By Published on .

Most Popular
United Biscuits is moving creative for its entire $102 million international ad business to Publicis Communication from Leo Burnett Co., both London.

Burnett loses creative on the cookie and snack food marketer's business outside the U.K. -- 18 countries, not including the U.S. where UB is no longer a marketing factor -- plus its portion of advertising in UB's home country, which it shared with Publicis. The two shops were the only participants in the review.


Burnett retains media buying assignments for both McVitie's cookies and KP snacks in all countries outside the U.S. United Biscuits spends $68 million outside the U.K. and $34 million in the U.K.

"This is a monster win for us," said Richard Hytner, chief executive of Publicis' London office.

The shift does not affect two smaller subbrands -- McVitie's Prepared Foods and Young's frozen and chilled foods -- handled by Mellors Reay & Partners, a London agency owned by Grey Advertising.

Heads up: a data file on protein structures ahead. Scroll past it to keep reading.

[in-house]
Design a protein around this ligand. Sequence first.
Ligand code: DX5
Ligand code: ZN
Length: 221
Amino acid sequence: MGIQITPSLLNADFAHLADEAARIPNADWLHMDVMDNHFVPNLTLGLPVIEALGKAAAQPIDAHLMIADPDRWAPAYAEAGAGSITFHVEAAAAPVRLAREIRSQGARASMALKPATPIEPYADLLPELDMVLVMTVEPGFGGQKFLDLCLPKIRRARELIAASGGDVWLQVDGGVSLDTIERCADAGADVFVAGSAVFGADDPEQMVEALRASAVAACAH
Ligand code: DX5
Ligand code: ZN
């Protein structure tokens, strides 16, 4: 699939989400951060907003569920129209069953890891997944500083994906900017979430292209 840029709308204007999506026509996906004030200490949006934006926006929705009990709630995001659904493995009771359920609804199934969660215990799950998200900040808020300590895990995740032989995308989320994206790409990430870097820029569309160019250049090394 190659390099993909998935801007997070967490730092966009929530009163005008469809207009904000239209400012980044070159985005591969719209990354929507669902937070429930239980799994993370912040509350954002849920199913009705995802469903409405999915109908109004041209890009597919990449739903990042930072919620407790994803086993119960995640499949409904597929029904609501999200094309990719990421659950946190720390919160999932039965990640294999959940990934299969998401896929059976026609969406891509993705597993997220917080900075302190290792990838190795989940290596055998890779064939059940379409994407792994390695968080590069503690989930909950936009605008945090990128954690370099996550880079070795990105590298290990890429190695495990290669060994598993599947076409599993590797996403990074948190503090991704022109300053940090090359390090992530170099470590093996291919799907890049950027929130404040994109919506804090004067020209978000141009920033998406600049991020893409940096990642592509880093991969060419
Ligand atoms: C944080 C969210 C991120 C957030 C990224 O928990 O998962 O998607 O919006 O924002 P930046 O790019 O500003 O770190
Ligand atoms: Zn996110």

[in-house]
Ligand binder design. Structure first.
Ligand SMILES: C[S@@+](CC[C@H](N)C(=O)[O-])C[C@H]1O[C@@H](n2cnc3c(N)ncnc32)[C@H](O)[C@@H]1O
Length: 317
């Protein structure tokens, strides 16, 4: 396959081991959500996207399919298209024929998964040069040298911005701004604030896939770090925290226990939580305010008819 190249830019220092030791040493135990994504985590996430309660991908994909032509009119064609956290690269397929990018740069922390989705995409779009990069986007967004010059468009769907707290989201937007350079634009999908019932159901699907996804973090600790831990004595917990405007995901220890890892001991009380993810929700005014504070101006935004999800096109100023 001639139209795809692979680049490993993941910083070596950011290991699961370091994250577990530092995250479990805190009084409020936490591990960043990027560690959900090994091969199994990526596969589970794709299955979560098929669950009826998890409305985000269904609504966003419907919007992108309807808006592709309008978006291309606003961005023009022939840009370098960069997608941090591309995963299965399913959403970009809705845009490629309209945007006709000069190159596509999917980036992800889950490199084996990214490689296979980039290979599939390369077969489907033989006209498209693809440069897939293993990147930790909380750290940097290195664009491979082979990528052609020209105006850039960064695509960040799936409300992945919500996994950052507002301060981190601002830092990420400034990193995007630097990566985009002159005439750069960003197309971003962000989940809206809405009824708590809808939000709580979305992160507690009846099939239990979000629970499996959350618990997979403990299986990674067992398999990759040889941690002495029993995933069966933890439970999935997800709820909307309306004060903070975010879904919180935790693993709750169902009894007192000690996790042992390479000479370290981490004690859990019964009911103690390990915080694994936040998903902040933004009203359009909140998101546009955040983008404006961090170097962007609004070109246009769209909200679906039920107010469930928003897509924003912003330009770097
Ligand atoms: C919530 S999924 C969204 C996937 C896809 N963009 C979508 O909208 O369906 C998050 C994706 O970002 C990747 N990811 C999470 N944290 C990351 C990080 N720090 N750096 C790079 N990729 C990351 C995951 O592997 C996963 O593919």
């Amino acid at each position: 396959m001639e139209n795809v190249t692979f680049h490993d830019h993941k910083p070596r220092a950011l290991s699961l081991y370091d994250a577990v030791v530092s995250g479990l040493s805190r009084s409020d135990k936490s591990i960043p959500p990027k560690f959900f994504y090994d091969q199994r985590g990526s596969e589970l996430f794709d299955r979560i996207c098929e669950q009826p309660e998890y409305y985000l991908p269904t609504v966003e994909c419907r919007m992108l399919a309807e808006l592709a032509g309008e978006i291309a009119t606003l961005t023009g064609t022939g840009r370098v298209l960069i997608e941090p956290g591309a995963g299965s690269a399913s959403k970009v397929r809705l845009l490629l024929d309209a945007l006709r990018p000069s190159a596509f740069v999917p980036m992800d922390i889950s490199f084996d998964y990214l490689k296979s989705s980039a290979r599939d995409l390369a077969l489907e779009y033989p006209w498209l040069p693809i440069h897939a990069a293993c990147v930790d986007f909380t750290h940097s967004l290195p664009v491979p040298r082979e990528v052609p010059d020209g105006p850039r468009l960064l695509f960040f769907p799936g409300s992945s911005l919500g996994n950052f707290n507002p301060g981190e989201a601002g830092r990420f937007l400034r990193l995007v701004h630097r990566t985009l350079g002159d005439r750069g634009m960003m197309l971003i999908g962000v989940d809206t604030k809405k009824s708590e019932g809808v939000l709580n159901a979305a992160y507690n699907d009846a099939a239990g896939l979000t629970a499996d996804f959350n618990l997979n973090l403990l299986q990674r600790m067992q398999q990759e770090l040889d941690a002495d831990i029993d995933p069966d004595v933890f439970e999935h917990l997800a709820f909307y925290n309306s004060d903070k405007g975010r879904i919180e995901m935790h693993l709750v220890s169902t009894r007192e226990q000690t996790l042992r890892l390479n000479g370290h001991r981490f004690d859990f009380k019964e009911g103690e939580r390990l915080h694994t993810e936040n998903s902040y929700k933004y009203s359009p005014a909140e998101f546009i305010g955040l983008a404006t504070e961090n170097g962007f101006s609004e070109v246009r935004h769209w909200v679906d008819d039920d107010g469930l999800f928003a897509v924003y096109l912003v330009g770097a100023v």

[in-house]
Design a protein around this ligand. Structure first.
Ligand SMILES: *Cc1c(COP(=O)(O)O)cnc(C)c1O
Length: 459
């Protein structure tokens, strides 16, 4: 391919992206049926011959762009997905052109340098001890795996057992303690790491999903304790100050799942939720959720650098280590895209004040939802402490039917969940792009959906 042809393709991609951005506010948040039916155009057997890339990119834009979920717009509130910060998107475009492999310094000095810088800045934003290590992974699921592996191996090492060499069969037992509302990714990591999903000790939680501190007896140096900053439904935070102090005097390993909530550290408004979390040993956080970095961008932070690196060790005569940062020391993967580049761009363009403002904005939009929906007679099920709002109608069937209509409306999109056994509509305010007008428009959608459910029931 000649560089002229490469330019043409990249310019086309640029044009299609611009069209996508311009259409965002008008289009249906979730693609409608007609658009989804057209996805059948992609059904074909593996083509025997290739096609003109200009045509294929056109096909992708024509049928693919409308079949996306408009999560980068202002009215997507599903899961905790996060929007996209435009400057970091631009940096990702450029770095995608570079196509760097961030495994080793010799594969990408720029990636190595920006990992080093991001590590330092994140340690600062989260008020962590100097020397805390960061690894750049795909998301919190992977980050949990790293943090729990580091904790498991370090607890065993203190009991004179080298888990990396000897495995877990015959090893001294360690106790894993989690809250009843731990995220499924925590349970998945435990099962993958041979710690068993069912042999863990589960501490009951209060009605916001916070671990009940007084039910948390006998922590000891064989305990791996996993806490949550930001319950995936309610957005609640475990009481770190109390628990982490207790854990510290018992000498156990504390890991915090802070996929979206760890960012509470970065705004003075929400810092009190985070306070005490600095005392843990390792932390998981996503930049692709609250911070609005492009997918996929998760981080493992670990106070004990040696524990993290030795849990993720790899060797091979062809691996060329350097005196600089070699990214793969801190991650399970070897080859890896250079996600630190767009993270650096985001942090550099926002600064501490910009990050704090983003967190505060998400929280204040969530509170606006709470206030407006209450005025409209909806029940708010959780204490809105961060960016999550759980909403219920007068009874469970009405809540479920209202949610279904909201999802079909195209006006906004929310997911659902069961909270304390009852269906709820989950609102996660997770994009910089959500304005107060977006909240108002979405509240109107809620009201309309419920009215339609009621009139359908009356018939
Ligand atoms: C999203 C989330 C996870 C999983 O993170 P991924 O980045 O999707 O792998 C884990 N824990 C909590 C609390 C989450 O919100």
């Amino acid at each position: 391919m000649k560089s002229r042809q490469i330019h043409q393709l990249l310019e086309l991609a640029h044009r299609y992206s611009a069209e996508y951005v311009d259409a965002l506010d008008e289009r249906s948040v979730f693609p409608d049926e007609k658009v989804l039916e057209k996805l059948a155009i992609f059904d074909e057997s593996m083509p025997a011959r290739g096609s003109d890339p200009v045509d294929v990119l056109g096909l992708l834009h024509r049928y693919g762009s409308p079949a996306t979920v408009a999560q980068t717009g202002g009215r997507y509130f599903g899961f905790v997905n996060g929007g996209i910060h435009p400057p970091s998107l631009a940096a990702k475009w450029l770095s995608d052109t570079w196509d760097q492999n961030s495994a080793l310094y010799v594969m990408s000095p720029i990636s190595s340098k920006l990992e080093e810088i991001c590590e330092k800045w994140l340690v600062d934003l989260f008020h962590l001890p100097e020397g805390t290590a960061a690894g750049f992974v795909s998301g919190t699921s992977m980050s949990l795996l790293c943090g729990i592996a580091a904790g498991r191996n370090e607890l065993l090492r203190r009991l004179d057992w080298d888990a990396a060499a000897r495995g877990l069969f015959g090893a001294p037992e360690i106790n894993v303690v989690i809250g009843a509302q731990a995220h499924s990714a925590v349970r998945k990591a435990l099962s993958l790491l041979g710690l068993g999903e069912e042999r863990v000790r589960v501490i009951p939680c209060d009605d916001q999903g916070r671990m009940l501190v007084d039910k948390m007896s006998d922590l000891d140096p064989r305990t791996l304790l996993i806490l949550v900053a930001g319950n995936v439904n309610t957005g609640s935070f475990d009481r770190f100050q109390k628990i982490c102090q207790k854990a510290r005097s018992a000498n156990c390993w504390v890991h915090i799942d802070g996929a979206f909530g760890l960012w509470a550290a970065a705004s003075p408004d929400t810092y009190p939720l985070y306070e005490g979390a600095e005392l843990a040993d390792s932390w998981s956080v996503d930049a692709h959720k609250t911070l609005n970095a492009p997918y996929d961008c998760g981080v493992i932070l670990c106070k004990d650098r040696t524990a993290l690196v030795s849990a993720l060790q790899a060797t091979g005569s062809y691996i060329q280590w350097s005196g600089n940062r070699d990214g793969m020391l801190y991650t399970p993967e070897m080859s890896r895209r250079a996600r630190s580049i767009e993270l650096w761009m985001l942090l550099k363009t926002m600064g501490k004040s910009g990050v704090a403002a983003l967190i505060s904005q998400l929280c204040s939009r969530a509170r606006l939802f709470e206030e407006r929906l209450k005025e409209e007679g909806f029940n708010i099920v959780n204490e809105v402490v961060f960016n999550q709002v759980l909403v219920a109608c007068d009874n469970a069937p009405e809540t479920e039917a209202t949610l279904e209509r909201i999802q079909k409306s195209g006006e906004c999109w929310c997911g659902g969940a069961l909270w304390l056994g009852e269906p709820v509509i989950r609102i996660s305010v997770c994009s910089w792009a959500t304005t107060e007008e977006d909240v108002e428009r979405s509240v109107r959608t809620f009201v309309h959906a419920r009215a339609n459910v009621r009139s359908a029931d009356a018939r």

The international agency change is part of a new, concerted effort by the food group to consolidate and expand its business overseas. The strategy shift has been instigated by Edward Jackson, hired from Unilever last July as managing director-development operations.

"It's about injecting some kind of discipline into managing brands across markets," said an executive familiar with the strategy.

Mr. Jackson, who led the review, was unavailable for comment at press time.


Advertising for what Mr. Jackson describes as UB's "power brands" -- those with real international potential -- will be run initially from Publicis' London office.

The three brands the company will focus on are Go Ahead!, a low-fat line of biscuits, cakes, snacks and frozen products currently sold in the U.K., Sweden, the Netherlands and Hong Kong; Delacre, a cookie line bought from Campbell Soup Co. in June and marketed in France, Germany, Belgium and the Netherlands; and French brand BN.

For other brands, UB subsidiaries will work with local Publicis offices.

Mr. Hytner said that if a brand outside the U.K. shows international potential, that local office will likely be lead agency.

In this article: